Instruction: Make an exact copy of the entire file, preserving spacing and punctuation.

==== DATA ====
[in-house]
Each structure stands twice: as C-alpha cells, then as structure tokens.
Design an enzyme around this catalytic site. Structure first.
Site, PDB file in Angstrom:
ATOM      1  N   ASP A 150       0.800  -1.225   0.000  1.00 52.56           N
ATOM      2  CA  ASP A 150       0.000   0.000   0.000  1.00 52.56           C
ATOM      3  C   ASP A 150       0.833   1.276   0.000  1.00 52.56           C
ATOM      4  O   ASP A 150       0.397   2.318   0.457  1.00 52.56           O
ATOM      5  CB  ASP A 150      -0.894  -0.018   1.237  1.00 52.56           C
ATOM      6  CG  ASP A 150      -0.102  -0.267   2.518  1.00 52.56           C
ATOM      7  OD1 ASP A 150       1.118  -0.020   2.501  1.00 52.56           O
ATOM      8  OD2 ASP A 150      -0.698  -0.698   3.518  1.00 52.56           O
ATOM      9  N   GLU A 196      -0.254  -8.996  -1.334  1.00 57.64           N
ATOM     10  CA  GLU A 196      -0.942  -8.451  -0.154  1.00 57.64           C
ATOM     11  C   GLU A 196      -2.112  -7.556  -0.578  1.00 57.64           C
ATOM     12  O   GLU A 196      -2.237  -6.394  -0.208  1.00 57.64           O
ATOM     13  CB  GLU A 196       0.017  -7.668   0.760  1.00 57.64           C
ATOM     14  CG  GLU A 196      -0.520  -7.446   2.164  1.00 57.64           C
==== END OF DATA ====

[in-house]
Each structure stands twice: as C-alpha cells, then as structure tokens.
Design an enzyme around this catalytic site. Structure first.
Site, PDB file in Angstrom:
ATOM      1  N   ASP A 150       0.800  -1.225   0.000  1.00 52.56           N
ATOM      2  CA  ASP A 150       0.000   0.000   0.000  1.00 52.56           C
ATOM      3  C   ASP A 150       0.833   1.276   0.000  1.00 52.56           C
ATOM      4  O   ASP A 150       0.397   2.318   0.457  1.00 52.56           O
ATOM      5  CB  ASP A 150      -0.894  -0.018   1.237  1.00 52.56           C
ATOM      6  CG  ASP A 150      -0.102  -0.267   2.518  1.00 52.56           C
ATOM      7  OD1 ASP A 150       1.118  -0.020   2.501  1.00 52.56           O
ATOM      8  OD2 ASP A 150      -0.698  -0.698   3.518  1.00 52.56           O
ATOM      9  N   GLU A 196      -0.254  -8.996  -1.334  1.00 57.64           N
ATOM     10  CA  GLU A 196      -0.942  -8.451  -0.154  1.00 57.64           C
ATOM     11  C   GLU A 196      -2.112  -7.556  -0.578  1.00 57.64           C
ATOM     12  O   GLU A 196      -2.237  -6.394  -0.208  1.00 57.64           O
ATOM     13  CB  GLU A 196       0.017  -7.668   0.760  1.00 57.64           C
ATOM     14  CG  GLU A 196      -0.520  -7.446   2.164  1.00 57.64           C